Qatar has signed up as a “platinum” sponsor of Bayern Munich, adding Germany’s richest and most successful football club to the range of football brands it backs following FIFA’s controversial choice of the oil-rich Arabian Gulf state as host of the 2022 World Cup.
Doha’s state-owned Hamad International Airport agreed a “long-term” contract to sponsor Bayern Munich, Akbar Al Baker, chief executive of Qatar Airways, who also oversees the hub, said at a press briefing on Wednesday. The value and duration of the deal weren’t disclosed.
Hamad becomes one of 10 second-tier partners backing FC Bayern, winner of a record 25 German national titles, alongside airline rival Deutsche Lufthansa and brands including Deutsche Post’s DHL and Goodyear Tire & Rubber Co. Deutsche Telekom remains the club’s premier sponsor, with its “T” logo emblazoned on the front of players’ shirts.
Mr Al Baker said Qatar Airways’s kit-sponsorship deal with Barcelona runs until June, without disclosing whether it will be renewed. Club president Josep Bartomeu said in October that he might still extend the accord despite a breakdown of talks, Spanish newspapers reported. The pact has attracted some opposition, including demonstrations over women’s rights in the Gulf.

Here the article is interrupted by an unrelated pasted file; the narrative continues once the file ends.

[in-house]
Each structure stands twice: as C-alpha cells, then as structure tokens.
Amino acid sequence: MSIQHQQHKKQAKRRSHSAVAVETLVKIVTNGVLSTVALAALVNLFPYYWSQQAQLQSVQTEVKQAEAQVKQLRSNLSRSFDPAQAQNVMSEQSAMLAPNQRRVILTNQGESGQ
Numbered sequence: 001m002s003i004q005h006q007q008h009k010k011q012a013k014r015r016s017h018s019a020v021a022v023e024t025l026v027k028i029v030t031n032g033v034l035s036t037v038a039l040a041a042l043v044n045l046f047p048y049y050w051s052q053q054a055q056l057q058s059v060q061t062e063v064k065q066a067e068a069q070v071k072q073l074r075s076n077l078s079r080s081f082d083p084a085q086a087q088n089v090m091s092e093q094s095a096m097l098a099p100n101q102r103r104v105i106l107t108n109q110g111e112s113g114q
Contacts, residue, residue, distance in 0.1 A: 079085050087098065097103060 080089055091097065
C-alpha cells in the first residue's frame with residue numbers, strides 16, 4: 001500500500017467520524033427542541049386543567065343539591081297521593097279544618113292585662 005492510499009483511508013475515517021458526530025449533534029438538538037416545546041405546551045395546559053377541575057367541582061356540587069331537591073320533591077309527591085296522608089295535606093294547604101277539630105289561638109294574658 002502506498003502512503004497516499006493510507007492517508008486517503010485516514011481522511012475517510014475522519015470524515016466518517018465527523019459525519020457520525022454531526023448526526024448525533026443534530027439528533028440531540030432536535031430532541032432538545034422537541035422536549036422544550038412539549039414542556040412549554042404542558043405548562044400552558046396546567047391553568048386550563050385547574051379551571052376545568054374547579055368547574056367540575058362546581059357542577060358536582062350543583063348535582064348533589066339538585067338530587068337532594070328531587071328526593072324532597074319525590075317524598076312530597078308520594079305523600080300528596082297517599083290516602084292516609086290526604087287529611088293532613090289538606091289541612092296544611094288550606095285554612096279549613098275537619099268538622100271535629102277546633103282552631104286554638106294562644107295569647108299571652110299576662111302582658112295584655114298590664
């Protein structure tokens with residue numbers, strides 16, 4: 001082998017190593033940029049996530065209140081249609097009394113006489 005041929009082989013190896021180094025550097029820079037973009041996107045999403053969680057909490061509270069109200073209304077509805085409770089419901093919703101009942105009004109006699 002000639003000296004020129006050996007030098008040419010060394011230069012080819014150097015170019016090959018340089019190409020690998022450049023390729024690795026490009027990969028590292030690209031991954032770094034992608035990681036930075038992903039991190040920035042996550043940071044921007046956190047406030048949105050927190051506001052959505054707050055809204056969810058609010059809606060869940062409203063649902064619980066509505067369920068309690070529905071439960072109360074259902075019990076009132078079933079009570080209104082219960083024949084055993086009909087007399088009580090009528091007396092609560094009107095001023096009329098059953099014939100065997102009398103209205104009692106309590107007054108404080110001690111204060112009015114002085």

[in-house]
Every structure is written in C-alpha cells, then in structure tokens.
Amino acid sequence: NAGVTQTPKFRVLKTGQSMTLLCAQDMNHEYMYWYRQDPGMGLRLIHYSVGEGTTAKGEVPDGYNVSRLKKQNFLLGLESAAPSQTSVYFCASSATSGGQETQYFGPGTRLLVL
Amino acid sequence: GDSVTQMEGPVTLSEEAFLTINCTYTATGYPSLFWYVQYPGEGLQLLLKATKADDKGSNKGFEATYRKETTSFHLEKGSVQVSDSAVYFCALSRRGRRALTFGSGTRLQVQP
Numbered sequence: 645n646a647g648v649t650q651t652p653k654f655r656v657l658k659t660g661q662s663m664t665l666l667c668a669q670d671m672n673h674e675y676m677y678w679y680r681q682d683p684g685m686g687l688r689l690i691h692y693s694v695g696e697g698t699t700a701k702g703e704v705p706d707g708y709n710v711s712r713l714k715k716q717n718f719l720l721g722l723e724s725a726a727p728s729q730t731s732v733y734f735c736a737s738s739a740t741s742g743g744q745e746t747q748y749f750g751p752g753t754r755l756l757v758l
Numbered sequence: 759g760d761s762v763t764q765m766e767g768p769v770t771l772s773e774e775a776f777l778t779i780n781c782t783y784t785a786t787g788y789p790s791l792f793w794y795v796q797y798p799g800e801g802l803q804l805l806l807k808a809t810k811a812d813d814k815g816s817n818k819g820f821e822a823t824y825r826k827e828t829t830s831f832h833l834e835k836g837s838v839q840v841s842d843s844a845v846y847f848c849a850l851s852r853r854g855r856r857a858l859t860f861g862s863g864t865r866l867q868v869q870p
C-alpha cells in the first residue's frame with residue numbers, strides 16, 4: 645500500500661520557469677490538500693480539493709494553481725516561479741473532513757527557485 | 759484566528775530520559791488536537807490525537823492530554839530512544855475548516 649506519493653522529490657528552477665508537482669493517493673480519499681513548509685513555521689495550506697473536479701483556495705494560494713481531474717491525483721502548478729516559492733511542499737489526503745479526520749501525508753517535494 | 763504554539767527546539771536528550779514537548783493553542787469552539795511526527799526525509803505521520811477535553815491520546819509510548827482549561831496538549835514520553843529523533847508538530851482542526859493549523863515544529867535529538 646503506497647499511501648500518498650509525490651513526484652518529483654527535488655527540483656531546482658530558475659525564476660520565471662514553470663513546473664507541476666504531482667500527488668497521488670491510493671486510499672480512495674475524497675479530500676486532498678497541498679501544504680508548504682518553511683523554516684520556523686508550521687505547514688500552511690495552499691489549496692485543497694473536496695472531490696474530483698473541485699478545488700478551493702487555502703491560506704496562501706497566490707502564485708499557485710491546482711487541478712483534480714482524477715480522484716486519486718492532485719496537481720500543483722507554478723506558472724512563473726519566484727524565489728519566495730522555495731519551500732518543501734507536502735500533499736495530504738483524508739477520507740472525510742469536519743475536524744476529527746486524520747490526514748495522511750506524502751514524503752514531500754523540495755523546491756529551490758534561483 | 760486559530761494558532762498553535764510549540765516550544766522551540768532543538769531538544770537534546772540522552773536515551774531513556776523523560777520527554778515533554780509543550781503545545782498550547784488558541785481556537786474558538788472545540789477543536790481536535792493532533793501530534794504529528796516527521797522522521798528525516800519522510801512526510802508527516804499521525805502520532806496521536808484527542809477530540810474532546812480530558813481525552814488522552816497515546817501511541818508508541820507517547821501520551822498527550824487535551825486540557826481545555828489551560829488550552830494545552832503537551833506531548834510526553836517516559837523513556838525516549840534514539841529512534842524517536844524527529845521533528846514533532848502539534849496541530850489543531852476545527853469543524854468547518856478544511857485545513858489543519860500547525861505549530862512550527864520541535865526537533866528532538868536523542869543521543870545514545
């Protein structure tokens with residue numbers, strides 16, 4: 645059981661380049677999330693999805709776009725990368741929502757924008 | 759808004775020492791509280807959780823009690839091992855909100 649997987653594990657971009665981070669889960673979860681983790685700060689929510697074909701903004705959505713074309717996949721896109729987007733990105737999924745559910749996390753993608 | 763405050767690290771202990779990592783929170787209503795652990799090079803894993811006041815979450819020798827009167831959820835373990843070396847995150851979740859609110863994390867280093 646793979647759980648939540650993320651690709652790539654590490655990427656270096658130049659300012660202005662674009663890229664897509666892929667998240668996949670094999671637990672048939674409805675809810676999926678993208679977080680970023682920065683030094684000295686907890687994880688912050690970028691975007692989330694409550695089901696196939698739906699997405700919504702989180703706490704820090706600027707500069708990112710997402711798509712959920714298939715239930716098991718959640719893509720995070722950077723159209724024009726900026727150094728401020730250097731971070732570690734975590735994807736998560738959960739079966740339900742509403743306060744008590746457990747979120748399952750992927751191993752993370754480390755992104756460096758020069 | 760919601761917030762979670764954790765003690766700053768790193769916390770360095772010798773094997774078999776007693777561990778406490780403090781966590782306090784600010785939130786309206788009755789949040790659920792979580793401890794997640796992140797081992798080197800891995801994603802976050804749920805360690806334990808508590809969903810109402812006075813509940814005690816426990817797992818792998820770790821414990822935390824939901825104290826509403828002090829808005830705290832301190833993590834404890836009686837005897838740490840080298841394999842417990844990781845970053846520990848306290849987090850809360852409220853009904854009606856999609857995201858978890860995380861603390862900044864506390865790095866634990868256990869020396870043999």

“Any entity can sponsor any club,” Mr Al Baker said, when asked why Qatar’s airport rather than the better-known airline had sponsored FC Bayern. “If you have plenty of money, you can also sponsor if you want, with your name.”
The 2010 Barcelona deal – which marked the first time the Catalan team had been paid to carry a sponsor on its jersey in 111 years – was the richest in football at the time, valued at €30 million ($33m) a year. Qatar also owns Paris Saint-Germain football club, the reigning French champions, outright, via Qatar Sports Investments, an offshoot of its sovereign wealth fund.
Bayern Munich held its winter training camp in Qatar for the sixth time this year, a move that’s led to criticism in Germany over the Gulf state’s human rights record and the alleged death-toll among migrants who comprise more than 90 per cent of the workforce.
Three of the club’s four top-tier sponsors own shares, with Allianz, Europe’s biggest insurer, purchasing an 8.33 per cent holding in 2014 for €110m euros, matching the stakes held by kit provider Adidas and Volkswagen’s Audi unit. The businesses, like Deutsche Telekom, are German.
Qatar, holder of the world’s third-largest natural-gas reserves, was awarded the 2022 World Cup ahead of the US, Japan and Australia, despite the fact that it has never qualified for the tournament, has little football infrastructure and boasts summer temperatures as high as 50 degrees celsius. The event has since been shifted to winter to ease conditions for players.
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